I try to compile a Python project under Windows 7 using PyInstaller. The project works fine, there are no issues, however when I try to compile it the result doesn't work. Though I get no warnings during compilation there are many in the warnmain.txt file in the build directory: warnmain.txt

I don't really understand those warnings, for example "no module named numpy.pi" since numpy.pi is no module but a number. I never tried to import numpy.pi. I did import numpy and matplotlib explicitly. In addition I'm using PyQt4. I thought the error might be related to those libraries.

However I was able to compile a simple script which uses numpy succesfully:

import sys
from PyQt4 import QtGui, QtCore
import numpy as np

class MainWindow(QtGui.QMainWindow):
    def __init__(self):

        self.pb = QtGui.QPushButton(str(np.pi), self)

app = QtGui.QApplication(sys.argv)
main = MainWindow()

Successfully here means that the created executable file actually showed the desired output. However there is also a warnmain.txt file created which contains exactly the same 'warnings' as the one before. So I guess the fact that compiling my actual project does not give any success is not (or at least not only) related to those warnings. But what else could be the error then? The only output during compilation are 'INFO's and none of the is a negative statement.

I did not specify an additional hook directory but the hooks where down using the default directory as far as I could read from the compile output, e.g. hook-matplotlib was executed. I could not see any hook for numpy neither could I for my small example script but this one worked. I used the following imports in my files (not all in the same but in different ones):

import numpy as np
import matplotlib.pyplot as ppl
from matplotlib.backends.backend_qt4agg import FigureCanvasQTAgg as FigureCanvas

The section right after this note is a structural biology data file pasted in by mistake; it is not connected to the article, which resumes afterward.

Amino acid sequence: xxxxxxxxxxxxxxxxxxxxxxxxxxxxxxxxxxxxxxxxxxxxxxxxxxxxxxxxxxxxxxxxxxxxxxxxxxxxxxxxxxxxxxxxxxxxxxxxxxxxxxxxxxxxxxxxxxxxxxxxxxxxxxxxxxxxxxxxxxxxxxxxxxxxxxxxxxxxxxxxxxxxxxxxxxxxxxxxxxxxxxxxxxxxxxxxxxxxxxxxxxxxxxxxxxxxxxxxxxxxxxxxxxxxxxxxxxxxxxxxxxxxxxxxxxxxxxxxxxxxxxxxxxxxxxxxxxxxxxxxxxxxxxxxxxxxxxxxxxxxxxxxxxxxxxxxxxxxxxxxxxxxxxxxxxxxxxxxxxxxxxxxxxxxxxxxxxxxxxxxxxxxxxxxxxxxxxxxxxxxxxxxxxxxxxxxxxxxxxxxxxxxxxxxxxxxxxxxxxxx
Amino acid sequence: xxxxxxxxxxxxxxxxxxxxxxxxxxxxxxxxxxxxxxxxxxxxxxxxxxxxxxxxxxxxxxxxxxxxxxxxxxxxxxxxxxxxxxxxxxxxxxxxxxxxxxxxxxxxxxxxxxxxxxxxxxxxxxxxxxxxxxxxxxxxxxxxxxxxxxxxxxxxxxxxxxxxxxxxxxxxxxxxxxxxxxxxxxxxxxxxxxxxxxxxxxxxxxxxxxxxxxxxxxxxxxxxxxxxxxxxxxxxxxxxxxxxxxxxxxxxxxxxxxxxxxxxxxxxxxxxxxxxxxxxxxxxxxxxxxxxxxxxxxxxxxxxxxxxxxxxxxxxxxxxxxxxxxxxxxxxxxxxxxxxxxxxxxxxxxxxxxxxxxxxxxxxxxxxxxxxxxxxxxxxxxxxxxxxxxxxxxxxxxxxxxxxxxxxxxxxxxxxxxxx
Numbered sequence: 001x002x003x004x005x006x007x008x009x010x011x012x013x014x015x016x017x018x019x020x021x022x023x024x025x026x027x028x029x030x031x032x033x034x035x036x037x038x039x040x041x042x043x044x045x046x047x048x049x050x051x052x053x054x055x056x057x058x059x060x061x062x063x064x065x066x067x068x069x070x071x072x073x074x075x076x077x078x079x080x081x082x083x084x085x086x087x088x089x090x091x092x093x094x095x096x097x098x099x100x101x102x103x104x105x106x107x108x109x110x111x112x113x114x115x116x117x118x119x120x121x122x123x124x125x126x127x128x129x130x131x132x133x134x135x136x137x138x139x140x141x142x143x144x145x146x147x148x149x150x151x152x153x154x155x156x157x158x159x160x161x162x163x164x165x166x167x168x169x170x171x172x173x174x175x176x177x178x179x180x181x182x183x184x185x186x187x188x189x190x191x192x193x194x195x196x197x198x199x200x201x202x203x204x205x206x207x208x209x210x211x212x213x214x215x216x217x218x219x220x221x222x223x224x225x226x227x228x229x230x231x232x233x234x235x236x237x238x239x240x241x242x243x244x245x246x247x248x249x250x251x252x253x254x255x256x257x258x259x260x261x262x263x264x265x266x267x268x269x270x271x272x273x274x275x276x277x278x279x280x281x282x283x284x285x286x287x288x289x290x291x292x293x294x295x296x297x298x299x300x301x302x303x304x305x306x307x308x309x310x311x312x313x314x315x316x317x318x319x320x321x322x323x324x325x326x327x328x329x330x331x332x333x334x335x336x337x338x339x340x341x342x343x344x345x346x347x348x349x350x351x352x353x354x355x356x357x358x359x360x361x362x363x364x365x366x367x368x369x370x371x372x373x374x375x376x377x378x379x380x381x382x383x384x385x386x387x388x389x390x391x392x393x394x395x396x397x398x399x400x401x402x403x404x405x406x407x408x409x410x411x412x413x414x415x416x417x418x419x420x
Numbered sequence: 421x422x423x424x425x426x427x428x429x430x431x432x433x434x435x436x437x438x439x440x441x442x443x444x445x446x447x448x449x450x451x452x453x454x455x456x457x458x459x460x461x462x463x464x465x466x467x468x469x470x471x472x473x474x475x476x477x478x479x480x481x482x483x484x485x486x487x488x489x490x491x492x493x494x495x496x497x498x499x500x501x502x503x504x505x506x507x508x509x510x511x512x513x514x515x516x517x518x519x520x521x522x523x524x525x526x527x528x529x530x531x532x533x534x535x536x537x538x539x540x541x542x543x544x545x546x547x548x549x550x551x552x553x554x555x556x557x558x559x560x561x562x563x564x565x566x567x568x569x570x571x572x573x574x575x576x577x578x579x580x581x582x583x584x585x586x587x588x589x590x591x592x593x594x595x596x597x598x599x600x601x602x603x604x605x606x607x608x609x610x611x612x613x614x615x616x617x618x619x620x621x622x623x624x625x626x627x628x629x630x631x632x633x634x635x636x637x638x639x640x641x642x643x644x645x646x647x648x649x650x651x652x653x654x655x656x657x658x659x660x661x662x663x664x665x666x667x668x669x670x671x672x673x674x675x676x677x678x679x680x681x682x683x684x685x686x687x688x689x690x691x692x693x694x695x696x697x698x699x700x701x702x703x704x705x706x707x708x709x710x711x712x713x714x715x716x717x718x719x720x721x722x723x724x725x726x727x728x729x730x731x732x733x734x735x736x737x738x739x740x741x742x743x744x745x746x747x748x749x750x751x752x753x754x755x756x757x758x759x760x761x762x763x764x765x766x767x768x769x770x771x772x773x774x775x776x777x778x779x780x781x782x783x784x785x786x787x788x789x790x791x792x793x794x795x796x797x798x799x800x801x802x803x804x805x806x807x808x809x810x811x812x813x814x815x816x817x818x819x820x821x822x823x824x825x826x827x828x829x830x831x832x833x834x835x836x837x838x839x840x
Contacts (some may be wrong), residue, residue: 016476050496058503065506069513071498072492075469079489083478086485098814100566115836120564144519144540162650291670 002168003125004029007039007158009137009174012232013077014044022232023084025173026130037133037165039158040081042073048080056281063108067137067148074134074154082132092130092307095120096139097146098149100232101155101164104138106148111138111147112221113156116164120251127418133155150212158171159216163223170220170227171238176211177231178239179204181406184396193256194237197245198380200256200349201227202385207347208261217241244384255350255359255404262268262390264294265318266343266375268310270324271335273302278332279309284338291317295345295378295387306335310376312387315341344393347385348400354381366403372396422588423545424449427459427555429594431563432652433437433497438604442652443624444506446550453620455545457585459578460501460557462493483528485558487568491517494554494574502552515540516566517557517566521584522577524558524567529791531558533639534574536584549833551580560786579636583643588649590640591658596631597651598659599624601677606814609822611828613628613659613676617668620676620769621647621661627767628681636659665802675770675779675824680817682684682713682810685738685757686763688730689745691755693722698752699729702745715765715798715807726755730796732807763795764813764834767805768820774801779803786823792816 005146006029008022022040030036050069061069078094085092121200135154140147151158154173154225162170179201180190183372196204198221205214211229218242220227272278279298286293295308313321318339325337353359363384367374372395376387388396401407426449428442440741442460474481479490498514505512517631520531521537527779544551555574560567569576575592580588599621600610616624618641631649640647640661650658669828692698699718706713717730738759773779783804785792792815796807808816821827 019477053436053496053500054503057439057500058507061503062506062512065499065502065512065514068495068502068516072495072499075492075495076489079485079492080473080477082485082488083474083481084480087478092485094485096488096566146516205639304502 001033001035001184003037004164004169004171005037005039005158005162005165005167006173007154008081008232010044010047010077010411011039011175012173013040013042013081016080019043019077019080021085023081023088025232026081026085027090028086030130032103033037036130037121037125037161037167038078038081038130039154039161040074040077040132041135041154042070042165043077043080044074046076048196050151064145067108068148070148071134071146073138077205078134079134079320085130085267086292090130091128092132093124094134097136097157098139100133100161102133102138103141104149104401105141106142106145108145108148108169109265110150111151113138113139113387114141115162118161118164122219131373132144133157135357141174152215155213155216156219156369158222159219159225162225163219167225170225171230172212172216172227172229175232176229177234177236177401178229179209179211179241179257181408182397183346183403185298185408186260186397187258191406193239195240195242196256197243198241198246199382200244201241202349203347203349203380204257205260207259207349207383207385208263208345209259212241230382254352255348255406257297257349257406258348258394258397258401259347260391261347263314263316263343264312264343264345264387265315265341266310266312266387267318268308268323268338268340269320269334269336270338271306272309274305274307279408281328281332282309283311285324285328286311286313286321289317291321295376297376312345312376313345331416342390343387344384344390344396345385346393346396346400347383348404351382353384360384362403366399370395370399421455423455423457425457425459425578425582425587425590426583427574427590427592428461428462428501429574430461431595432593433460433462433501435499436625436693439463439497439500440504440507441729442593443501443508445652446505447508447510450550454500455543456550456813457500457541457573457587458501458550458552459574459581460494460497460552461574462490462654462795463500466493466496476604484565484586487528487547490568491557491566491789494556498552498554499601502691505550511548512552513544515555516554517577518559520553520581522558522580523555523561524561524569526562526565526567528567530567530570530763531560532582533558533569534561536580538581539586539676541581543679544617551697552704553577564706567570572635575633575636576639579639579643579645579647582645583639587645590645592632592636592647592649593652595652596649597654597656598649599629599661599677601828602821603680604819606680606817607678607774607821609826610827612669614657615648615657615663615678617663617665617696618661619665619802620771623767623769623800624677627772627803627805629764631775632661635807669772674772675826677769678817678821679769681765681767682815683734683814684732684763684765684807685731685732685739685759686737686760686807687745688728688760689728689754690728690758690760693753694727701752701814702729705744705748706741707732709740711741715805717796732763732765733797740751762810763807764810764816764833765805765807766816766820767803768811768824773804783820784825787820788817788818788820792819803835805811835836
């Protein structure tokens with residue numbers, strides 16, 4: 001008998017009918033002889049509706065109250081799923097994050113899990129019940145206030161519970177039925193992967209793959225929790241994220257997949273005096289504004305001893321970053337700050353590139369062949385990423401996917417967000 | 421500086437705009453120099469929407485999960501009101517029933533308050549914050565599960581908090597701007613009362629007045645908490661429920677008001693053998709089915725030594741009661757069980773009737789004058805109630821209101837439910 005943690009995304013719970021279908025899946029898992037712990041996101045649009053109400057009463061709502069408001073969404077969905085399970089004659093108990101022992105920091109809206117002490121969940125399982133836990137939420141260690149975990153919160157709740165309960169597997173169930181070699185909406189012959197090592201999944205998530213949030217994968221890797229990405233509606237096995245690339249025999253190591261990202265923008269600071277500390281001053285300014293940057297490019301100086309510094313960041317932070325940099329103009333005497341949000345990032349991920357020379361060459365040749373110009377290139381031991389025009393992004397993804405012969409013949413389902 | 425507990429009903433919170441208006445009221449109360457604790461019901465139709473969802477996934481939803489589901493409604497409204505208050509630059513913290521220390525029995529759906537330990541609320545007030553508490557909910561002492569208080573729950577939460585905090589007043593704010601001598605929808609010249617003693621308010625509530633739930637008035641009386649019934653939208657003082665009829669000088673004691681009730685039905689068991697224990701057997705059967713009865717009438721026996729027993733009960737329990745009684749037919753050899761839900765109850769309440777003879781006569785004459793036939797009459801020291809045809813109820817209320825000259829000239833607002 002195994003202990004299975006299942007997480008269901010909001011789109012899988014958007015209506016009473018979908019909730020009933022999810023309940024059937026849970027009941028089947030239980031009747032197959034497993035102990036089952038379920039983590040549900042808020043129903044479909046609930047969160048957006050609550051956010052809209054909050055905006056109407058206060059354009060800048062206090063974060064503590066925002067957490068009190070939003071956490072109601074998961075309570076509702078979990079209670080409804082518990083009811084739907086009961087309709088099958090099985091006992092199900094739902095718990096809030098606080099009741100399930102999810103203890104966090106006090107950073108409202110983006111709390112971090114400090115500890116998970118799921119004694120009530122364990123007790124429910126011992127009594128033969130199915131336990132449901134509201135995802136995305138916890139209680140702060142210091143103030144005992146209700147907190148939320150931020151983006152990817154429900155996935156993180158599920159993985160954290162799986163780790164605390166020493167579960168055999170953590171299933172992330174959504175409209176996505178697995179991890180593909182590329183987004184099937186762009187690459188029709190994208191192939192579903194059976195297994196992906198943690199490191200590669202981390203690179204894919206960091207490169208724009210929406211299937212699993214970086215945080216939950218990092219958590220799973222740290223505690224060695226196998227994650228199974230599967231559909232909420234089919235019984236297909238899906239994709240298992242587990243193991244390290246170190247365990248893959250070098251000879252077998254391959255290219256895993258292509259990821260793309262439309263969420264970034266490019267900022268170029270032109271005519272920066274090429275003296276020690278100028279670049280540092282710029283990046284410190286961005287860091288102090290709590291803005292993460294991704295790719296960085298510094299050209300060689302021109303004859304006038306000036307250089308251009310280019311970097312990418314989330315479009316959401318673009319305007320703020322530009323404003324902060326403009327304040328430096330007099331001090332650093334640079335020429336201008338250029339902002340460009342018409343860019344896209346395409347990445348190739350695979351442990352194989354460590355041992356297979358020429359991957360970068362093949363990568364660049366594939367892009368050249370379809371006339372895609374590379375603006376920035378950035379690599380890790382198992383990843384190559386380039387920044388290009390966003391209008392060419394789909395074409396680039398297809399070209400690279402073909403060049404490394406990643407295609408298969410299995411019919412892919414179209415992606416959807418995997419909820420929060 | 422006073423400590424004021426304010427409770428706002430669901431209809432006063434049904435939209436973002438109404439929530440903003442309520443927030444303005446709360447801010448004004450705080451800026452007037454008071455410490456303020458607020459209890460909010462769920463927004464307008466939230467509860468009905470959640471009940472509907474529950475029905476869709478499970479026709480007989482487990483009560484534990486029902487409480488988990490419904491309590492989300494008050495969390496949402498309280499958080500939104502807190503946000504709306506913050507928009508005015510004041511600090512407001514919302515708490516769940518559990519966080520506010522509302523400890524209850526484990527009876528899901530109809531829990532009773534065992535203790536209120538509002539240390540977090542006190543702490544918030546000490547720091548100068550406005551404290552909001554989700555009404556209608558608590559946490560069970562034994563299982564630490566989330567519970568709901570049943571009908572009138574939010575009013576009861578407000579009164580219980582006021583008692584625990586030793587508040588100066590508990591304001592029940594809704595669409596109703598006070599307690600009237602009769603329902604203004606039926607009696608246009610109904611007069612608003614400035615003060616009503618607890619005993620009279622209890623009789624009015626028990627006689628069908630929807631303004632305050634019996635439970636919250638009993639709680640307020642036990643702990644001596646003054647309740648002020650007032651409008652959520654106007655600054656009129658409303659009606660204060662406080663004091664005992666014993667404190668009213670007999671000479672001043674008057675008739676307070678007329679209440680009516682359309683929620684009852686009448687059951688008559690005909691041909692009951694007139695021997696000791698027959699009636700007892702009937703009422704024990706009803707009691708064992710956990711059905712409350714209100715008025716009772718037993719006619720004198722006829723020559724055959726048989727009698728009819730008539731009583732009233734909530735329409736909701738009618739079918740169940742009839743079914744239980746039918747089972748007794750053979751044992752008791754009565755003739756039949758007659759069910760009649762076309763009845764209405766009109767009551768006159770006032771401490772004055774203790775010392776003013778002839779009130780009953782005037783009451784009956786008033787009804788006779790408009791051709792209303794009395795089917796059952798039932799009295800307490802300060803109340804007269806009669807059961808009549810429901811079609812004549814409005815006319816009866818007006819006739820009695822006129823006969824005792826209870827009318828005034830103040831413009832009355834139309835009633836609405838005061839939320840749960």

from matplotlib.backends.backend_qt4agg import NavigationToolbar2QTAgg as NavigationToolbar
from PyQt4 import QtGui, QtCore
import json
import sys
import numpy # added this one later
import matplotlib # added this one later

Since PyInstaller does not give any errors/warnings I could not figure out if the problem is related to the libraries or if there is something else to be considered.

  • do you get an error when you try to launch your program from the command line? or it just wont start and nothing is printed (does qt redirect stdout to some other place like an output window that gets closed when you crash?)... to further my comment I suspect you have a crash (probably from something that uses json/xml resources or something (not import xxxx) ... and the error message is being printed to some QT window that ends up closing when you crash ... see if qt.App has a redirect=False option or something to keep the stdout Sep 8, 2014 at 22:02
  • Interestingly, if I were to do something like import numpy.sinh I get ImportError: No module named sinh and it is only when I do import numpy.numpy.sinh that I get ImportError: No module named numpy.sinh . Have you checked PyInstaller finding out what went wrong? to grab errors / verbose imports / debug info? Sep 8, 2014 at 22:05
  • 2
    @JoranBeasley: I just tried to launch the exe from the cmd without any result, but for compiling I used the flag -w (see pythonhosted.org/PyInstaller/#options-for-the-executable-output ) which prevents Windows from launching a console for any input/output. If I'd compile without -w I cannot get the graphical user interface. However the program works fine when invoking from the interpreter, so I don't think it's an error inside. @ssnobody: I'm aware of that link but it didn't bring any benefits for me. import numpy.sinh won't work since sinh is no module.
    – a_guest
    Sep 8, 2014 at 22:23
  • @JoranBeasley: I have to correct myself, it seems to be possible to compile without -w and get the GUI. However if I do I get a console where I can see for a very short moment (far to short to actually read) that something's written there, but then the application terminates. The GUI does not appear. I try to get this stdout somehow to a file so I can actually read it.